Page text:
Richfield girls soccer team defies the odds, qualifies for international tournament

Watching this team of seventeen girls from Richfield dribble, pass and shoot, it's easy to tell they've been playing soccer together for a long time.

But getting to this point almost didn't happen. Ten years ago, when many of these girls were in elementary school, they wanted to keep playing, but there wasn't a rec soccer league for them past third grade. 

 That's when two moms, Ellen Ruiters and Betsy Lindow, laced up their own cleats, deciding to create and coach a team themselves. 

 "Any girl who wanted to play, they were coached by two moms and at first, it was so rough. It was a rough start," said Ruiters. 

 "At that time, we were building goals that were stored in a shed. We would have to haul them out across the park and fit them together and velcro a net on," said Lindow. 

 Over the years, the bond between these girls, now ages 15-17, and their coaches grew. 

 "It's really a tight-knit close community that has become much bigger than soccer," said Lindow. 

The team even learned how to speak Spanish together. 

"We (created) an environment where we all speak each other's languages. On the field, they are constantly switching back and forth between English and Spanish," said Lindow. 

 "We don't have to hide our ethnicities and being able to connect with them in that way, it's really cool," said player Destiny Payan. 

 Slowly, this group of girls, coached by two moms with no coaching experience, got better. 

"It was just sheer grit and determination and love for the sport that kept them together. Any team that sticks together for ten years becomes good," said Ruiters.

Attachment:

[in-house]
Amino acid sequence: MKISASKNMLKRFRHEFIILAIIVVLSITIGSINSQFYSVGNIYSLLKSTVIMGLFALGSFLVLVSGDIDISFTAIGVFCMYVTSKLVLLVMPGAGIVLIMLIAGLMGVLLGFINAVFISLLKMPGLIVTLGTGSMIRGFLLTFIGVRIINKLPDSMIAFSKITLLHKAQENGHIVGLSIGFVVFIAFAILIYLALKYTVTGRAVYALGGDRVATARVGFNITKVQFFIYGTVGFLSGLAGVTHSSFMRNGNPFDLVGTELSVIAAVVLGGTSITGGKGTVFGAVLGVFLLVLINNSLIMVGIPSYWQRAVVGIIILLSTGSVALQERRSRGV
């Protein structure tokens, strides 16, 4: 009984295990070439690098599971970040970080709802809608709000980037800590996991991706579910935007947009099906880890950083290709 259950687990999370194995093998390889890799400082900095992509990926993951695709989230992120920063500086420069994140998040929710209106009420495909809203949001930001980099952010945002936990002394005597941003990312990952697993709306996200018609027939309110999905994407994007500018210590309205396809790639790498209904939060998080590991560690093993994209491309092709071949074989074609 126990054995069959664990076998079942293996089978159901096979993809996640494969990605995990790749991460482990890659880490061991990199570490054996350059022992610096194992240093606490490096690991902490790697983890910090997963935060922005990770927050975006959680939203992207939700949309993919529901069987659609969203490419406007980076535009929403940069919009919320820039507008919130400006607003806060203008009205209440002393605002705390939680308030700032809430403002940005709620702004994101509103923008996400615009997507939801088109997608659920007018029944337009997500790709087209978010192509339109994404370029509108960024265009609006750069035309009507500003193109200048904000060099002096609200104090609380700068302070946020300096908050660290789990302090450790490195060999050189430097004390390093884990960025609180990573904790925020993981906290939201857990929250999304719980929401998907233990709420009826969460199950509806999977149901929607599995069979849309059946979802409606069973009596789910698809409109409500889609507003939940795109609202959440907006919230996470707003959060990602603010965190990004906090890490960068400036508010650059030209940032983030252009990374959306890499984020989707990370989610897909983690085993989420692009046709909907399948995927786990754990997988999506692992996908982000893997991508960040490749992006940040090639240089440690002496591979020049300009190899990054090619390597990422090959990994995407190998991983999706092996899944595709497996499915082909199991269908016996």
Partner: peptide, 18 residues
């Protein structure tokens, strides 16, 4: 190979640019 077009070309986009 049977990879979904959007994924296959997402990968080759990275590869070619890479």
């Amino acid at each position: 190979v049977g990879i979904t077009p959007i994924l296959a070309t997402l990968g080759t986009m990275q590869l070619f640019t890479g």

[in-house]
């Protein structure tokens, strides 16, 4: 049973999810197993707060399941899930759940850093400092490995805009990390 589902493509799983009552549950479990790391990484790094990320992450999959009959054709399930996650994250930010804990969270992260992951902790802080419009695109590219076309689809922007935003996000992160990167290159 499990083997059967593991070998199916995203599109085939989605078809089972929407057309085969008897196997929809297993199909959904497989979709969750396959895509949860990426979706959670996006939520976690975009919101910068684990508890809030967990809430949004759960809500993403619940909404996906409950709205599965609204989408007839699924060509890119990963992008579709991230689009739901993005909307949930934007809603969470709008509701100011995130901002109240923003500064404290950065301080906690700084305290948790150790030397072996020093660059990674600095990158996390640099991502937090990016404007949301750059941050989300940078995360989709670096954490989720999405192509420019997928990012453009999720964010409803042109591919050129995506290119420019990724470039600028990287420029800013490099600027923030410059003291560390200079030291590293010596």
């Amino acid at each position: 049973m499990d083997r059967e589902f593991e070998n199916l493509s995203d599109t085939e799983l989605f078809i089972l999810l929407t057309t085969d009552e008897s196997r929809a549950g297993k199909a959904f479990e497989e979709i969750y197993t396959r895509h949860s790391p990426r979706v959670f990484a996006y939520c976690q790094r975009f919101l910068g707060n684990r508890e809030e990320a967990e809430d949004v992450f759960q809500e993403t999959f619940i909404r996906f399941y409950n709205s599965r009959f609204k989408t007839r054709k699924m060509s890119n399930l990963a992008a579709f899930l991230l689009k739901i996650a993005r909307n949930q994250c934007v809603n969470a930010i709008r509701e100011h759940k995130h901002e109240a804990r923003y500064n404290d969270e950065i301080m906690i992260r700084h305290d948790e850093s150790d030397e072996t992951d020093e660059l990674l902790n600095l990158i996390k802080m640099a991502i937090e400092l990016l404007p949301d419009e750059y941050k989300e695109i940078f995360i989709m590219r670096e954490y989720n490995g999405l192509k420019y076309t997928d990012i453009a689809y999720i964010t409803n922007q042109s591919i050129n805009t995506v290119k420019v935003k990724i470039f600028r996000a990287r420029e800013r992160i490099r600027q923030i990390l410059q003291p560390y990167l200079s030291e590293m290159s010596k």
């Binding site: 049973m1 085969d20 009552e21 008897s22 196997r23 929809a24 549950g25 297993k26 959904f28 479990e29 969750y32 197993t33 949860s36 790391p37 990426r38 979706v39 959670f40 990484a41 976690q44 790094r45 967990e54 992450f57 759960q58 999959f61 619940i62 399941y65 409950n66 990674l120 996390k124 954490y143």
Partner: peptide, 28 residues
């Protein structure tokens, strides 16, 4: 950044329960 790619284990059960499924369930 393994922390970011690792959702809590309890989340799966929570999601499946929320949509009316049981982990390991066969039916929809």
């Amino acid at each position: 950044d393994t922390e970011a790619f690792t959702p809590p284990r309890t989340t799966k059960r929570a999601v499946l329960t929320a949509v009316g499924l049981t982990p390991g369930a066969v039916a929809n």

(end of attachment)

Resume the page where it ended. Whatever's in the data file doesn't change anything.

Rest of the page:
They became so skilled, the team placed second in the USA Cup last summer and were asked to compete in Norway Cup this year, the world's largest youth soccer tournament. A GoFundMe page has been established to help raise funds for the team's plane tickets. 

 "It's overwhelming because we are going to play international, so it's not going to be easy," said player Esme Benitz. 

Coached by professionals now, the team will travel overseas to compete in July if they can raise enough money to cover their plane tickets. It's a big deal, given the fact some of these girls already work full-time jobs on top of going to school to help their families. 

The girls say playing in this special tournament isn't about winning, it's about making it there and showing themselves and the world that anything is possible. 

 "Soccer is an amazing analogy for life...when you get backed into a corner or things get tough, you have to look to somebody else," said Ruiters.